For it's not only the financial system that was hurt. There is another deeper, darker, and more nameless wound throughout the land. What is it? Is it in the record of corrupt officials and collusive governments, administrations twisted to the core, the huge excess of privilege and graft, protected war criminals and oligarch gangster rule; the democratic forms all rotten and putrescent with disease? The bloated surfeits of monopoly, and the crimes of wealth against the very workers that make such wealth possible? Yes, it's in all these, and in the daily tolling of the murdered children, the lurid renderings of promiscuous and casual slaughter everywhere around the globe, and in the pious hypocrisy of the press with its swiftly-forgotten prayers for our improvement, those editorial moanings while the front page gloats.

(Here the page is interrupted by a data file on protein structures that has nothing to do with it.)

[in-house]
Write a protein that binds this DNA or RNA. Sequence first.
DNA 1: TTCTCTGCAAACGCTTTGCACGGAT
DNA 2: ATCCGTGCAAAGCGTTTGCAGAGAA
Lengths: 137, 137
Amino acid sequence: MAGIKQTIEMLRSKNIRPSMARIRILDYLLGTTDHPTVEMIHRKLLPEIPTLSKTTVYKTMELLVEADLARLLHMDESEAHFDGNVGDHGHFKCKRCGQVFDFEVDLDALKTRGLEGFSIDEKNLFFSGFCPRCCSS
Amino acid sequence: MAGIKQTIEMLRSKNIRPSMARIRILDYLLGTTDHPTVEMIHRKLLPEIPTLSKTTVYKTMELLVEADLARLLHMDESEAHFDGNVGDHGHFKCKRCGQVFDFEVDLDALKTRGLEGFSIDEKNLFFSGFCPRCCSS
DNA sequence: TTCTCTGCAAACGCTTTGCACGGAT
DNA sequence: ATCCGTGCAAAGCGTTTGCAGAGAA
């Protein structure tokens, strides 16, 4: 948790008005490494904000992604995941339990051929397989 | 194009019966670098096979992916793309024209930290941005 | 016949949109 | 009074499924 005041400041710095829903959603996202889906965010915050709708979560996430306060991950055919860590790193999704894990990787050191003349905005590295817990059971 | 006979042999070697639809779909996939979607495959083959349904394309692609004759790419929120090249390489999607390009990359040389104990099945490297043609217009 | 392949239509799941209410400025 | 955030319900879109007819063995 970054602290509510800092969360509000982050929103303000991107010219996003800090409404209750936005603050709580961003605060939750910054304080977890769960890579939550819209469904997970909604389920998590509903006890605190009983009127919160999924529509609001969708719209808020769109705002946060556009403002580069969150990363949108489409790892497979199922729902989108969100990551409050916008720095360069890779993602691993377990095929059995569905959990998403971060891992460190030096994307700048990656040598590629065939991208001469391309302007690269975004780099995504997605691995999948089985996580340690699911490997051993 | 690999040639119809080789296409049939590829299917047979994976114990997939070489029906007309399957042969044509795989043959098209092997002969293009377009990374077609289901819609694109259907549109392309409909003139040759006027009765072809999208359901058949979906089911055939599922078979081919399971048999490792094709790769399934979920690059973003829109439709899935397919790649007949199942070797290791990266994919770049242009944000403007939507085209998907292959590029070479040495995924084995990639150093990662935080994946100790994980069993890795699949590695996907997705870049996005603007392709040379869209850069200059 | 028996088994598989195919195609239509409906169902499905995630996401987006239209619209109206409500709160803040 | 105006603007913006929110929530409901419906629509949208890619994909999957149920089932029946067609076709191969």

But it's not only at these outward forms that we must look to find the evidence of our nation's hurt. We must look as well at the heart of guilt that beats in each of us, for there the cause lies. We must look, and with our own eyes see, the central core of defeat and shame and failure which we, in embracing the lie of the Ownership Society, have wrought in the lives of even the least of these, our brothers.

And why must we look? Because we must probe to the bottom of our collective wound. As men and women, as Americans, we can no longer cringe away and lie. For if we do not look and see it, we shall all be damned, may already be damned, together.